Not too many years ago, coal and nuclear power competed fiercely against each other in the energy arena. But now natural gas, cheap and abundant, is superseding both in the production of electricity.
Although a political cloud hangs over both and environmentalists are causing headaches, coal and nuclear power are here to stay. Together, they provide a large share of the base-load electricity that drives our nation’s economy, without which cities would go dark and industries would shut down.
But it’s clear that President Obama and his circle of energy advisers don’t really care about coal or nuclear power. In his proposed budget for 2016, Obama earmarked no funds for two critically important energy projects. One is FutureGen, a project slated for Illinois, which was going to be the first full-scale demonstration of a process to capture carbon dioxide from a coal plant and bury it underground. Because coal supplies almost two-thirds of the world’s electricity, and is especially important in fast-growing economies like China and India, carbon sequestration is the key to meeting international climate goals.
The other project is the Yucca Mountain waste repository in Nevada. We need a facility to hold the nation’s radioactive waste from electricity production and the weapons program, which is stored at 121 reactor sites in 39 states. The technology for waste disposal is well-studied, understood and regulated. Political interference has been the problem.
Congress needs to address the energy situation, and it should provide funding for both projects. Unless work resumes on a waste repository and the demonstration of technology for carbon capture-and-storage, it is unrealistic to expect that countries, especially developing ones, will accede to any demand to produce power in a higher-cost manner merely to reduce carbon dioxide.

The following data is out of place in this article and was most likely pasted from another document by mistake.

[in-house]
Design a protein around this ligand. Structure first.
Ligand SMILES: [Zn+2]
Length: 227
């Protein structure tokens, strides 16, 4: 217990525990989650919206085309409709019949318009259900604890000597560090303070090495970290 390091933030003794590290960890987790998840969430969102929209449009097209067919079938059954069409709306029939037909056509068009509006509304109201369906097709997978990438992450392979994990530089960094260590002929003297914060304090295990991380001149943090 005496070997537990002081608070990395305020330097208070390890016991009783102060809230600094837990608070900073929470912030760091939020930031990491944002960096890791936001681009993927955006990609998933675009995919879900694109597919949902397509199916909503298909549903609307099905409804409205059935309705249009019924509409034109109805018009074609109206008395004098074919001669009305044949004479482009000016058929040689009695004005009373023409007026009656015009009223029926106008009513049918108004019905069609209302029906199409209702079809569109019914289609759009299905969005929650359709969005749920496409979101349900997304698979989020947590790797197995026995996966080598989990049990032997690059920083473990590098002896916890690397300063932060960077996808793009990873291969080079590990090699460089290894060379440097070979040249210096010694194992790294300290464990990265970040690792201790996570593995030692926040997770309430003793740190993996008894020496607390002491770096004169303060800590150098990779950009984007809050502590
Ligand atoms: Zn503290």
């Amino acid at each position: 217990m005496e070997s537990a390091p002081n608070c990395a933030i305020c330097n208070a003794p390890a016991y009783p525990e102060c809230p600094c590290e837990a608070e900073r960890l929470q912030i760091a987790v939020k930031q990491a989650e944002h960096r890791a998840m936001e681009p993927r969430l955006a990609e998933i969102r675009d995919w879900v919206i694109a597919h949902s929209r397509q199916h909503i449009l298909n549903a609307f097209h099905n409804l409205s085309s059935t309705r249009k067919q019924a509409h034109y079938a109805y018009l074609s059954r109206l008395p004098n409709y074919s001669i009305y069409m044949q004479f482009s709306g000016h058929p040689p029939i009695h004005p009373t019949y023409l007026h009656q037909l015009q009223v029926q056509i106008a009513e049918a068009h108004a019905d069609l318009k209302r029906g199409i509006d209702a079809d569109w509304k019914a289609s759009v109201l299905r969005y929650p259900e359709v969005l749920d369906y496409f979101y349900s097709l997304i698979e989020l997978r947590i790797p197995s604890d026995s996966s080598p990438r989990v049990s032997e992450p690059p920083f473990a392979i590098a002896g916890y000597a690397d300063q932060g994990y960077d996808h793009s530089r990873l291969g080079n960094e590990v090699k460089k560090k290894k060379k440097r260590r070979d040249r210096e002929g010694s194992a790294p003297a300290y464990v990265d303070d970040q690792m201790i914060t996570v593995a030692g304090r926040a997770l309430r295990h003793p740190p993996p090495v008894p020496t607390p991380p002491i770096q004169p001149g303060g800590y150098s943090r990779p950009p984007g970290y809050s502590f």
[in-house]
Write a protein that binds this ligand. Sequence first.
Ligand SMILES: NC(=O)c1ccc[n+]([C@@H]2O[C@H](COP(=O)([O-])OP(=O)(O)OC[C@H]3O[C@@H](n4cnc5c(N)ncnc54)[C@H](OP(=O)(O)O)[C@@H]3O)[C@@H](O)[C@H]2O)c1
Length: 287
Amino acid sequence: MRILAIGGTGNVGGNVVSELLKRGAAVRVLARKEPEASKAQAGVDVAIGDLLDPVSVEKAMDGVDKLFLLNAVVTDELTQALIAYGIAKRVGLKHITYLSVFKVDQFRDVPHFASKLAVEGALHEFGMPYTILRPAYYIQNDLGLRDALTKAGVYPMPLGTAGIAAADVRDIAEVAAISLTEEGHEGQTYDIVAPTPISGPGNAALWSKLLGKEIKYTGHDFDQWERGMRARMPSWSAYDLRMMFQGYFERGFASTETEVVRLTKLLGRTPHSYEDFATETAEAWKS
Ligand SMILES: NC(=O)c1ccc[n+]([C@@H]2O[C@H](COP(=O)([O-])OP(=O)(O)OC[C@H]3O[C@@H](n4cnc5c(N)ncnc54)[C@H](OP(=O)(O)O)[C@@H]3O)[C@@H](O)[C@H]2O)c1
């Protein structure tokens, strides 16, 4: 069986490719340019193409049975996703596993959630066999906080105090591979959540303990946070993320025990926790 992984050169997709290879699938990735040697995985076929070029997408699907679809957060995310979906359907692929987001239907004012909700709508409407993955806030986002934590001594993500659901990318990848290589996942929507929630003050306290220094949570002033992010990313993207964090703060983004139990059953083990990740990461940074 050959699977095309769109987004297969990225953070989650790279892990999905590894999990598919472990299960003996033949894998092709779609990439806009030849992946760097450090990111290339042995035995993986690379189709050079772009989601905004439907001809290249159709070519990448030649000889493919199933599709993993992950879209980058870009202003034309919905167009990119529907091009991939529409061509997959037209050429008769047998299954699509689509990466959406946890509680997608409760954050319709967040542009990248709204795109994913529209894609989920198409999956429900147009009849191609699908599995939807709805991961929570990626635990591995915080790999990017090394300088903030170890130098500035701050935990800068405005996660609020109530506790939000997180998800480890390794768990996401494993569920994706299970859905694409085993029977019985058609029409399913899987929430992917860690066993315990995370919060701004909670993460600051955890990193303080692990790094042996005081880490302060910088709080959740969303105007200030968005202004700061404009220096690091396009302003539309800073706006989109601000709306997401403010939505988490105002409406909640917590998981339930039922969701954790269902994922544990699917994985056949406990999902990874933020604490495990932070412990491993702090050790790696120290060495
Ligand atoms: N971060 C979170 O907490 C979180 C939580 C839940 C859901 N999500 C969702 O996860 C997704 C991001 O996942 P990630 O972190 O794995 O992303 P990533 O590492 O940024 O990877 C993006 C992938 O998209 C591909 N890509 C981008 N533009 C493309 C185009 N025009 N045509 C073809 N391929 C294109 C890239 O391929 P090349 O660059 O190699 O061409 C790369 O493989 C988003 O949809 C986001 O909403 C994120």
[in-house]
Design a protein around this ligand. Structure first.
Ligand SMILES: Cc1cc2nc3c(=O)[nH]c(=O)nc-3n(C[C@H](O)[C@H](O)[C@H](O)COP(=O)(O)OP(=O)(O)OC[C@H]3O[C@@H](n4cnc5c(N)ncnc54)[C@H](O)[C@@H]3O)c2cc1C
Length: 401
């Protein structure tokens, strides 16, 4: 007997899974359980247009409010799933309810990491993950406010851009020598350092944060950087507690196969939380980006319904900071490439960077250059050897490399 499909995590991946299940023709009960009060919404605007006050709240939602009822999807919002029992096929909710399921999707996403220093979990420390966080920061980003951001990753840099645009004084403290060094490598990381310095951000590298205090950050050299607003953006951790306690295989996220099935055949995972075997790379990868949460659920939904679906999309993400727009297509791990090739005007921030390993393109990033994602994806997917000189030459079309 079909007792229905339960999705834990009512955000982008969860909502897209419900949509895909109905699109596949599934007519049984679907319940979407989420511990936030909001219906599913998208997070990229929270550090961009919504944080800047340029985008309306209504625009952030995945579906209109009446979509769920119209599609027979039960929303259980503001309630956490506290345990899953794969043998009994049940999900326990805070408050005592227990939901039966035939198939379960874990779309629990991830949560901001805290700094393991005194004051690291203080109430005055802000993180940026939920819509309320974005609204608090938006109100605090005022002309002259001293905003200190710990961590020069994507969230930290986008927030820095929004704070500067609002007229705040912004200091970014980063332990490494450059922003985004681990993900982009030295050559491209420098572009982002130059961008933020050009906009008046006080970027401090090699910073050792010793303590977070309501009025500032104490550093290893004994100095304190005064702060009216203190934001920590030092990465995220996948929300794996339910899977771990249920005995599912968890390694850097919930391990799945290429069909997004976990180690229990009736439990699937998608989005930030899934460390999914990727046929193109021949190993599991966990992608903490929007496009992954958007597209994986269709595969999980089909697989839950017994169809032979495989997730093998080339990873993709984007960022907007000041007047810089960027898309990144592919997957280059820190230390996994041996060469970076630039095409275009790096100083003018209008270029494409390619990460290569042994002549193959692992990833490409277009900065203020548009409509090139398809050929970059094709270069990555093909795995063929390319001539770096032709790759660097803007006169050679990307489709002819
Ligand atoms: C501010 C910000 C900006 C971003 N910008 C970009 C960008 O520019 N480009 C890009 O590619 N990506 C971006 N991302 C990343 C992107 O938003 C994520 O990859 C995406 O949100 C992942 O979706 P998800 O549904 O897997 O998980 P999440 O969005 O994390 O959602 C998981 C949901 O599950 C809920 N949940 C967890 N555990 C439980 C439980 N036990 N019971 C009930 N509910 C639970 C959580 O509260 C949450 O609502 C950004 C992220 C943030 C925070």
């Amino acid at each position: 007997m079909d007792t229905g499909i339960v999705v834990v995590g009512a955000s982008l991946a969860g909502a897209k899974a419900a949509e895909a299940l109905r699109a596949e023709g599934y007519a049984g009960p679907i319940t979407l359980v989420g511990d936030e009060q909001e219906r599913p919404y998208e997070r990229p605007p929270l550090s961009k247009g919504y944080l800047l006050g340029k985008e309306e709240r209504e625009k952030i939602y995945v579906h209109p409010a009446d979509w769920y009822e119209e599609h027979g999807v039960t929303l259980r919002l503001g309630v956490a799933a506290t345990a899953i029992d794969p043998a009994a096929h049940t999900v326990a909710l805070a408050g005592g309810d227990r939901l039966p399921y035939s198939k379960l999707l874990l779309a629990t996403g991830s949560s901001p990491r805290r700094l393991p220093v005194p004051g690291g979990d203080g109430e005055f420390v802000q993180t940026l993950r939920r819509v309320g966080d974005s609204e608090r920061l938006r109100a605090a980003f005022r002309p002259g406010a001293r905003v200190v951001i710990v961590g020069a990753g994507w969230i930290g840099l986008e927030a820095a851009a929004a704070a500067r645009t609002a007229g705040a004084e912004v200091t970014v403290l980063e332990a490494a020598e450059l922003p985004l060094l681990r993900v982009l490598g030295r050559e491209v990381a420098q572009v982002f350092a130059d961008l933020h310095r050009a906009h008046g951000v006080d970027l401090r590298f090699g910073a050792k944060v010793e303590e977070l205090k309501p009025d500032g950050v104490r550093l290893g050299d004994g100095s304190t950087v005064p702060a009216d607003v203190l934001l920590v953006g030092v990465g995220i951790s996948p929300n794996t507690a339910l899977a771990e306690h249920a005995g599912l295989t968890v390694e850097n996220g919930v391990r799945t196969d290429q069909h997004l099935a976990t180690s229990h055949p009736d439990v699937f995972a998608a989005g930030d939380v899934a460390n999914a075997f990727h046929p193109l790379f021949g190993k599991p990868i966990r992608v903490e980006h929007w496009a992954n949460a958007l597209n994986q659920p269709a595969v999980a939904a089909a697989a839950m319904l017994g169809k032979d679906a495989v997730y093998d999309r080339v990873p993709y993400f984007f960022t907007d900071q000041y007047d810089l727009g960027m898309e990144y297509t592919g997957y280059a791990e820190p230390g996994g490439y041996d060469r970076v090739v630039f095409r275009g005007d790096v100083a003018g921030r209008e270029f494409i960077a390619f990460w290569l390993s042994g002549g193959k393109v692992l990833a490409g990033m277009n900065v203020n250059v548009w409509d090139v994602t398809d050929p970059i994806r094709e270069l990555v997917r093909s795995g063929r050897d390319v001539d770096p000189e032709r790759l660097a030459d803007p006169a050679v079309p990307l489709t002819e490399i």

Coal is carbon rich, and somewhat more expensive than natural gas in many regions. But coal is far less prone to price jumps, and during the winter looks like a bargain. Indeed, the U.S. coal fleet’s value has never been more apparent. During the Polar Vortex last winter, when temperatures plummeted, only the availability and operation of coal units now scheduled for early retirement enabled the power sector to meet demand for electricity. In fact, coal-fired generation provided 92 percent of the increased power that was needed to get some regions through the cold snap.
One lesson learned from that episode is that the power grid is less resilient than was previously thought. The shutdown of scores of coal plants due to environmental regulations is placing the security of America’s electric supply system at risk. No less troubling was the premature retirement last year of two safe and efficient zero-carbon nuclear plants — Vermont Yankee and Kewaunee in Wisconsin — due to competition from cheap natural gas. Several other nuclear plants may also be shuttered.
New England is planning to rely on natural gas and non-hydro renewable energy sources such as wind and solar power for about 80 percent of its electricity. Three key states — Florida, California and Texas — already depend on natural gas for 75 percent of their power. More than 130 million Americans now rely on natural gas to provide more than 50 percent of their electricity and the number is growing. If gas prices spike, the impact would have nationwide consequences, cost thousands of jobs and overwhelm family budgets, pushing more households to seek government aid to pay electric bills and heat their homes.
Those who think renewable energy sources can save the day should think again. Wind represents less than 5 percent of the electricity generated in the United States, and solar less than 1 percent. Both are of little value on days when the weather isn’t cooperating, whereas coal units on average supply power about 70 percent of the time and nuclear reactors nearly 93 percent of the time.
Obviously we don’t need energy miracles. We have coal and nuclear power. Both are safe, reliable and affordable. They’re not the problem; rather, they’re part of the solution.
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